Food is an Energy Issue
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Food is an Energy Issue






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Food is an Energy Issue Food is an Energy Issue Presentation Transcript

  • Food is an Energy Issue Getting to a Sustainable and Climate-Friendly Food and Farming System Heather Schoonover CERTs Conference, February 11, 2009 St. Cloud, Minnesota
  • Climate and the Food Cycle Processing Retail Agricultural Production Transportation Consumption Disposal
  • Production •Fertilizer •Livestock •Tillage •Crops •Fuel •Chemicals •Irrigation •Heat/cooling •Electricity View slide
  • Processing •Refrigeration •Packaging •Additives •Electricity •Heat/cooling View slide
  • Transportation From field all the way to disposal – “Food Miles” •Truck •Ship •Train •Car •Airplane
  • Retail •Refrigeration •Packaging •Heat/cooling •Electricity •Advertising •Waste/disposal
  • Consumption •Transport •Refrigeration •Storage •Waste/disposal
  • Disposal 25%-30% of food in the U.S. is wasted •Methane release •Landfill costs •Incineration
  • Breakdown of the Food System Disposal Disposal 10% 10% Consumption Consumption 15% 15% Transportation Transportation Production Production 7% 7% 60% 60% Processing Processing 8% 8% From: Weber and Matthews (2008), Carlsson-Kanyama (2003), FCRN (2007), Dutilh (2004), Kramer et al (1999)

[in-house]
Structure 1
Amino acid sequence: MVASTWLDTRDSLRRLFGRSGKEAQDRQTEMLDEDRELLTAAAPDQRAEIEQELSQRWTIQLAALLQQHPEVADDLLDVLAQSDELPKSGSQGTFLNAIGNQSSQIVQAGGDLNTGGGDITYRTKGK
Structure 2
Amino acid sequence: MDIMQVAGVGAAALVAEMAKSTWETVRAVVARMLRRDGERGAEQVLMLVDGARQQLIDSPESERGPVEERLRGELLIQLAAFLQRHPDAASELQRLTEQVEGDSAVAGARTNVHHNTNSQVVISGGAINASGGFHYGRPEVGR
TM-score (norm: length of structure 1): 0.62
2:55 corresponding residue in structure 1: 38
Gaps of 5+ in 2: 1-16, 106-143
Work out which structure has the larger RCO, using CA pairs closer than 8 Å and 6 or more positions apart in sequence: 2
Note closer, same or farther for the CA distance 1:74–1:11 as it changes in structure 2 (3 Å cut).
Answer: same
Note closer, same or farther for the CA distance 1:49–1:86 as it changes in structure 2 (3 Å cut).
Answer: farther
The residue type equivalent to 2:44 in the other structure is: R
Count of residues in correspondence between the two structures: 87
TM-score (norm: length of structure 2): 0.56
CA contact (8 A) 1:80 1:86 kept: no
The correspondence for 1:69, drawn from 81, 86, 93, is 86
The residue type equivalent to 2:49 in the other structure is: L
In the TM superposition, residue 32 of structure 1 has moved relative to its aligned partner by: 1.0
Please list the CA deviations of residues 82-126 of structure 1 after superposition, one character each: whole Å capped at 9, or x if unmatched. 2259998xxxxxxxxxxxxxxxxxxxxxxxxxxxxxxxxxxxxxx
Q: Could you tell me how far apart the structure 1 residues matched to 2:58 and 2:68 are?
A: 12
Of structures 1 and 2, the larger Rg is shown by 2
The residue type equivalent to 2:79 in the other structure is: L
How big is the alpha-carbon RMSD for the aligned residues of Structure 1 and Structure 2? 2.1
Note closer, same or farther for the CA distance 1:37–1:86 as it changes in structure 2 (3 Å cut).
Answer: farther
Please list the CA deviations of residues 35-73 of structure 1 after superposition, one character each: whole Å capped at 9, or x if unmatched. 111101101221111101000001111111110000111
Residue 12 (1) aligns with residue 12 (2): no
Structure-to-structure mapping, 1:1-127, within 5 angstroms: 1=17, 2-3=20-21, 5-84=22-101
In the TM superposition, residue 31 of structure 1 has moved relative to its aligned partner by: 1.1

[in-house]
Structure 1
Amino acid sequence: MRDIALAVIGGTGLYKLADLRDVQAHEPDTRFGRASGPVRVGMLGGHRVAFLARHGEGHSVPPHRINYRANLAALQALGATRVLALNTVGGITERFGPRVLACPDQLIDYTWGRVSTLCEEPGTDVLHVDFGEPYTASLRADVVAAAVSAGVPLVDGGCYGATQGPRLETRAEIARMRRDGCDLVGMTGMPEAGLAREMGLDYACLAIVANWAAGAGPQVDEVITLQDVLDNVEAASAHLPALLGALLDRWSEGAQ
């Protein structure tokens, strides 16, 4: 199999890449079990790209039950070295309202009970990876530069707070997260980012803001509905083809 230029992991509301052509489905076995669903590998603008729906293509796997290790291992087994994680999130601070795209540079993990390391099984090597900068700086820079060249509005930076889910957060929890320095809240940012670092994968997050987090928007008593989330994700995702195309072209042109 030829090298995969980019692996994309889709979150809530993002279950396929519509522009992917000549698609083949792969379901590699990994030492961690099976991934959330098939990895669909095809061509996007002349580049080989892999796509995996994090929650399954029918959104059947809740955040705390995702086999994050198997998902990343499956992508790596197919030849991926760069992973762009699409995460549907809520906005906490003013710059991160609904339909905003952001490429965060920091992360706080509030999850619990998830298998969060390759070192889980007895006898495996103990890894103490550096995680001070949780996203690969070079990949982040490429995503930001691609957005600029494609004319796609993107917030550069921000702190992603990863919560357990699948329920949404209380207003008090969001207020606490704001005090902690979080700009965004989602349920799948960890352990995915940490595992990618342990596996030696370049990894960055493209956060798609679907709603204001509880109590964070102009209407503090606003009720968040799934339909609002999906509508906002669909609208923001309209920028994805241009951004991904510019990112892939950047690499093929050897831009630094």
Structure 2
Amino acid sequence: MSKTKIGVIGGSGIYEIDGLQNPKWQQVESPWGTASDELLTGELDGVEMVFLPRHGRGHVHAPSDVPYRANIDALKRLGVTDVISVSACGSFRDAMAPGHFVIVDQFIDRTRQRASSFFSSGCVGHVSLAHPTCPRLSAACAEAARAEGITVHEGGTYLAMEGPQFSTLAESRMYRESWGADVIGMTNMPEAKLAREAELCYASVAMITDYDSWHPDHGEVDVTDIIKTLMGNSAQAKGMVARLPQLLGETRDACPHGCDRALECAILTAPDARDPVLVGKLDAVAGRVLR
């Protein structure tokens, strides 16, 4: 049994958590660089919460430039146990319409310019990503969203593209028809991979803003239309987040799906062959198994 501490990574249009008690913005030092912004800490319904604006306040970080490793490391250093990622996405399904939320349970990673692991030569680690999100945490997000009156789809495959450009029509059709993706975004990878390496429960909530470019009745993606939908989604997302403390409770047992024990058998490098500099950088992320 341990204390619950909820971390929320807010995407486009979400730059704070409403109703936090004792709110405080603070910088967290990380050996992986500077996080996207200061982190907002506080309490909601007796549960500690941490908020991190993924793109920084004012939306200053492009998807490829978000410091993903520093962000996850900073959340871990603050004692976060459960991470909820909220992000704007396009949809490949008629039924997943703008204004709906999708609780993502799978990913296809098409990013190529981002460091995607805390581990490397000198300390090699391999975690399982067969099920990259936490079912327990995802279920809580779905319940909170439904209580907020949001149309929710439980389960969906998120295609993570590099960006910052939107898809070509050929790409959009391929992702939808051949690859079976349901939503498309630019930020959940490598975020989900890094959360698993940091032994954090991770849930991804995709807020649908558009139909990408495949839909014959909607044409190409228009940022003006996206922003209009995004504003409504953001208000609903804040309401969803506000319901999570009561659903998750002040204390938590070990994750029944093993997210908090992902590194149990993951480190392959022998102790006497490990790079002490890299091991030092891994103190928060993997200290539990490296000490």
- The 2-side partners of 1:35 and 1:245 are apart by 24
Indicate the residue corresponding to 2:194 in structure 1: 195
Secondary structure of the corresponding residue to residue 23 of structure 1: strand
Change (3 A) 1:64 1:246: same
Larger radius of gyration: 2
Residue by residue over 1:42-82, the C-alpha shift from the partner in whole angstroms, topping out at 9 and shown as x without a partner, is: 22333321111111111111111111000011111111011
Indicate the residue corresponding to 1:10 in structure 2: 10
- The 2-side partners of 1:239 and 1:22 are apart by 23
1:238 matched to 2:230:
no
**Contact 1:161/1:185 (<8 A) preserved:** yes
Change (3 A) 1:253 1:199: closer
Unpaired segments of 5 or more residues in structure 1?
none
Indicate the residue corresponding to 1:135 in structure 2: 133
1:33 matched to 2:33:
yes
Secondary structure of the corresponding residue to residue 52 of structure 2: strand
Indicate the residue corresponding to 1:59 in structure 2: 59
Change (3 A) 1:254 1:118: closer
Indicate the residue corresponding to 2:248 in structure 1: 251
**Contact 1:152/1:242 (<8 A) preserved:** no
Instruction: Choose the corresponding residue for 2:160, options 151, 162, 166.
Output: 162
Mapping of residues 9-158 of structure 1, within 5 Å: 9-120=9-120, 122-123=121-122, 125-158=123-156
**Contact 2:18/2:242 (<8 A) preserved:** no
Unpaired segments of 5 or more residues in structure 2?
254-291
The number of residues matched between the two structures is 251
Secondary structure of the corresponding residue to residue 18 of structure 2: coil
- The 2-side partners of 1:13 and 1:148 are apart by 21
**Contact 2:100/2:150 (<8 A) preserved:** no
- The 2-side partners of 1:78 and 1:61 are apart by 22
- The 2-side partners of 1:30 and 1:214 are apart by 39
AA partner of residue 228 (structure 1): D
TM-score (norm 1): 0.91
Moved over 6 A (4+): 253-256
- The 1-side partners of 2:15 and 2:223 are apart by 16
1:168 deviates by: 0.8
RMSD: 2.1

• Breakdown of the U.S. Diet Red meat and dairy make up almost half of our dietary GHGs Food is 13% of a household’s GHG impact Weber and Matthews (2008)
  • Organic or Conventional? Conventional no-till reduces soil Organic farming practices build soil GHG emissions, but generally organic matter but often utilize depends upon chemical use for tillage which releases GHGs weed control and does little to build soil organic matter
  • Grass or Grain? Grass-fed beef and dairy products have lower GHG emissions than grain-fed beef and dairy products, but grazing reduces ability to capture methane from manure
  • Local versus Imported Local production reduces …but less intensive production transport costs and GHG methods generally override emissions… reduced transportation GHG benefits
  • How to Make the Biggest Impact • Avoid use of synthetic fertilizers • Reduce and compost/digest food waste • Shift from grain-fed to grass-fed meat production • Manage manure: compost for fertilizer or capture methane for power generation • Avoid irrigation and fossil fuels – look to solar/wind/renewables for heat and energy • Reduce transport
  • Climate and Food Resources -“Local Foods and Climate Change: An Annotated Resource” available now at -“Blueprint for a Climate Friendly Local Food System” available soon at - Try Bon Appetit’s new food carbon footprint calculator.
  • Thank You Heather Schoonover Local Foods Program Institute for Agriculture and Trade Policy (612) 870-3450